He works on the Imaginary Portraits series. He marries Pilar Juncosa in Palma de Mallorca. They settle in Paris, in an apartment at 3 Rue François Mouton.

Joan Miró and Pilar Juncosa

1930

He works on a series of paintings in very varied styles. According to Miró, they are a farewell to painting, albeit a temporary one, as he wishes to work in other media such as bas relief and sculpture. His only daughter, Maria Dolors, is born in Barcelona. In Mont-roig he produces his first three-dimensional pieces. First solo show in the United States, at the Valentine Gallery, New York.

1931-1941

1931

In Mont-roig he starts work a series of paintings on Ingres paper and object-paintings.

Miró's family, 1931

1932

Through Joan Prats he meets architect Josep Lluís Sert. He resolves to spend more time in Barcelona. He lives and works in the family home at 4 Passatge del Crèdit until 1936. He works on a new series of objects and he designs the curtain, sets, costumes and objects for the ballet Jeux d'enfants performed by the Ballets Russes de Monte-Carlo, with music by Georges Bizet, libretto by Boris Kochno and choreography by Léonide Massine. First solo show at the Pierre Matisse Gallery, New York.

1933

He works on a series of 18 collages and then produces paintings based on them. Publication of Georges Hugnet's Enfances, the first book illustrated by Miró.

Man Ray, 1933

1934

He signs a contract with Pierre Matisse, who represents him in the United States.

1936

He starts work on a series of 27 paintings on masonite. He travels to Paris with his latest works, which are to be exhibited in New York. When the Spanish civil war breaks out, he decides to stay in Paris. His wife and daughter join him, and they remain in France until 1940.

1937

He lives and works in an apartment at 98 Boulevard Auguste Blanqui, Paris. He attends life classes at the Académie de la Grande Chaumière, where he produces a large number of drawings. He produces a large mural painting, The Reaper (Catalan Peasant in Revolt), for the Spanish Republican government's pavilion, designed by Josep Lluís Sert and Luis Lacasa, at the World Fair in Paris.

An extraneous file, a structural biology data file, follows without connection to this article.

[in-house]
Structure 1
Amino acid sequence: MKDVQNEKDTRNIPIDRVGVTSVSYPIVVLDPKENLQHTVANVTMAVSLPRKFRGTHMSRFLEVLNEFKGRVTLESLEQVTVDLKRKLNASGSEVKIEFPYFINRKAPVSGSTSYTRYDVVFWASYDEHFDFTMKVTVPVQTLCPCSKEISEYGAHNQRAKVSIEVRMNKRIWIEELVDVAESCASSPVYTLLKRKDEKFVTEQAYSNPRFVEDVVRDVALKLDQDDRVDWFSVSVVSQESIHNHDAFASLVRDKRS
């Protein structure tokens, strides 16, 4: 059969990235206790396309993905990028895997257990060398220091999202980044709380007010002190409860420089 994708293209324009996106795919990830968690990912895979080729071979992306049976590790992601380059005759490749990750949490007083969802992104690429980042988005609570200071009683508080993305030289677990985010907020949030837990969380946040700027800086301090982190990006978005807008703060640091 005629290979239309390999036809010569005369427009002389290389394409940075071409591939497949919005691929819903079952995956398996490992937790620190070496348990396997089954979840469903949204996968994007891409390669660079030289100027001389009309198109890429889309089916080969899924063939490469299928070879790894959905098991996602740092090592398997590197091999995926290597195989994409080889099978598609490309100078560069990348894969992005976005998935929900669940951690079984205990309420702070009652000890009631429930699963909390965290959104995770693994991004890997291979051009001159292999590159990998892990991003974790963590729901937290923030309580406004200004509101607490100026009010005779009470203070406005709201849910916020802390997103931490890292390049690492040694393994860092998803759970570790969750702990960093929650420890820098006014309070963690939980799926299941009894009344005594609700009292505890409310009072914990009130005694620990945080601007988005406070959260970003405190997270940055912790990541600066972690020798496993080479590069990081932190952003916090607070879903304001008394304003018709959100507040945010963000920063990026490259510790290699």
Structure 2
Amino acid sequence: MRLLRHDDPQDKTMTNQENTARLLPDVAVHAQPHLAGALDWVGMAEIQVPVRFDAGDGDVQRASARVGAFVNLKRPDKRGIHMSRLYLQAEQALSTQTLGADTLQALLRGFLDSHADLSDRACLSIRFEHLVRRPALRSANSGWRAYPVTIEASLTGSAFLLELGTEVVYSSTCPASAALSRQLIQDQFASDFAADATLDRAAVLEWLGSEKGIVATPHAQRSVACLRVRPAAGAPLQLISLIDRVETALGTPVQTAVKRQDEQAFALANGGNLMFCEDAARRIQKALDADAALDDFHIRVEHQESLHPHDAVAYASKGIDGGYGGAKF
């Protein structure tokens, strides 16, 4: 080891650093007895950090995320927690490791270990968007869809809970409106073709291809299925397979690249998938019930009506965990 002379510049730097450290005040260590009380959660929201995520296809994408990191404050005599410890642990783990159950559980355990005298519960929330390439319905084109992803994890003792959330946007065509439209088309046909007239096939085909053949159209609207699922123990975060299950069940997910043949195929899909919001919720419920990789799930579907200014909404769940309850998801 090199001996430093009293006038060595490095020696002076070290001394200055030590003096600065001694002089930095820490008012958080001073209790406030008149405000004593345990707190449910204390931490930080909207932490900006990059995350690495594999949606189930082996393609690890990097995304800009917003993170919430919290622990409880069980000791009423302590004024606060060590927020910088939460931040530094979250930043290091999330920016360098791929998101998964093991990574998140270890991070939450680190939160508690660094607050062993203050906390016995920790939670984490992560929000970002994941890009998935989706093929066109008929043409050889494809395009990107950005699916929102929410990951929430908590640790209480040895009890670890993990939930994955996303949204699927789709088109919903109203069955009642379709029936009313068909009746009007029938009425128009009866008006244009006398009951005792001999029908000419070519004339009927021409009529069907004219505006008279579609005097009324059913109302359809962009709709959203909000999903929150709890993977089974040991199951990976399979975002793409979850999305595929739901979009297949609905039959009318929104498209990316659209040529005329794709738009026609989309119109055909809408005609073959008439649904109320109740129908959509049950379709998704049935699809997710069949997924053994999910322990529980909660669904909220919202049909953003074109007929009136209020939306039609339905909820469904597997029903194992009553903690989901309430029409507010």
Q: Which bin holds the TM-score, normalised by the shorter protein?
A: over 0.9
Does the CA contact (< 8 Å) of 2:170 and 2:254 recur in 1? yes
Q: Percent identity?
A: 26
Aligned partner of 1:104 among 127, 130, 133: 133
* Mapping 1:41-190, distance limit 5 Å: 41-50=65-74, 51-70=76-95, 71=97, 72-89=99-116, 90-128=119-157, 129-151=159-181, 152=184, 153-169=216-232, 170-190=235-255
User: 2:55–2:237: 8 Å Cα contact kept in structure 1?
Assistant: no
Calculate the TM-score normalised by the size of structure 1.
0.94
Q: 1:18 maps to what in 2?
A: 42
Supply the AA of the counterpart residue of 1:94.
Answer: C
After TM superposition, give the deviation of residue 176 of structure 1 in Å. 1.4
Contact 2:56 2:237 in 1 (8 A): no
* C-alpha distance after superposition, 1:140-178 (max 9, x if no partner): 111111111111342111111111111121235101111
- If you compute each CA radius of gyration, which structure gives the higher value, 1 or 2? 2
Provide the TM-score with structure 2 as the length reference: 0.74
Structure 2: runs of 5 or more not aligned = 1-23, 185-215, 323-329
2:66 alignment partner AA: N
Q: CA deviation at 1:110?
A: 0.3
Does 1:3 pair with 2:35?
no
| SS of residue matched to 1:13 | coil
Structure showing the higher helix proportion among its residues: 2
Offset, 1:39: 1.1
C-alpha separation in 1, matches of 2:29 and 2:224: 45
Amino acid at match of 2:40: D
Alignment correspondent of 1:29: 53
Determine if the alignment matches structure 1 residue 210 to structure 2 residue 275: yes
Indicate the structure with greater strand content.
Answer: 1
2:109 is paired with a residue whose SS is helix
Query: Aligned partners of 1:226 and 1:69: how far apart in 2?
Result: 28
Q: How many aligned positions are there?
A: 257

1938

He works on etchings and dry-point engravings with Marcoussis and prints them at the studios of Roger Lacourière and Stanley W. Hayter.

1939

He leaves Paris in the summer and rents a house in Varengeville-sur-Mer, Normandy, where the family remain until 1940.

1940

In January he starts work on a series of 23 gouaches, which he continues in Palma de Mallorca and completes in Mont-roig in September 1941. It comes to be known as the Constellations series. The Germans bomb Normandy at the end of May and Miró decides to return to Spain with his family, where they settle in Palma de Mallorca.

1941

First major retrospective exhibition at the Museum of Modern Art, New York. Organisation and catalogue by James Johnson Sweeney.

1942-1951

1942

He continues working exclusively on paper. He returns to Barcelona, where he lives at 4 Passatge del Crèdit.

Joaquim Gomis, 1942

1943

He continues working on paper, with the sole known exception of Painting with Art Nouveau Frame, from the Joan Prats collection.

1944

He produces his first ceramics, using materials from an unsuccessful firing in 1941 by Josep Llorens Artigas. This marks the start of the first period of collaboration between them, which continues until 1947.

Publication of the set of 50 lithographs known as the Barcelona Series, under the supervision of Joan Prats. He returns to painting on canvas, which he had barely touched since 1939.

Joaquim Gomis, 1944

1945

He works on several series of large-format paintings.

1946

He produces his first bronze sculptures.

1947

First trip to the United States, where he produces a mural painting for the Gourmet Room at the Terrace Plaza Hotel in Cincinnati. During his stay in New York he frequents Stanley W. Hayter's studio Atelier 17, where he explores engraving techniques. He takes part in Le Surréalisme en 1947: Exposition internationale du surréalisme at the Galerie Maeght, Paris, organised by André Breton and Marcel Duchamp.

1948

First solo exhibition at the Galerie Maeght, Paris. Aimé Maeght becomes his new representative in France.

1949

This year and next he alternates between two types of painting: one more reflective and the other more gestural and impulsive. Although based in Barcelona, he makes frequent visits to Paris to work on printing techniques at the Mourlot studio (lithographs) and at the Atelier Lacourière (engravings). His work becomes increasingly focused on ceramics and sculpture. Exhibition at the Galerías Layetanas, Barcelona, sponsored by Cobalto 49.

1950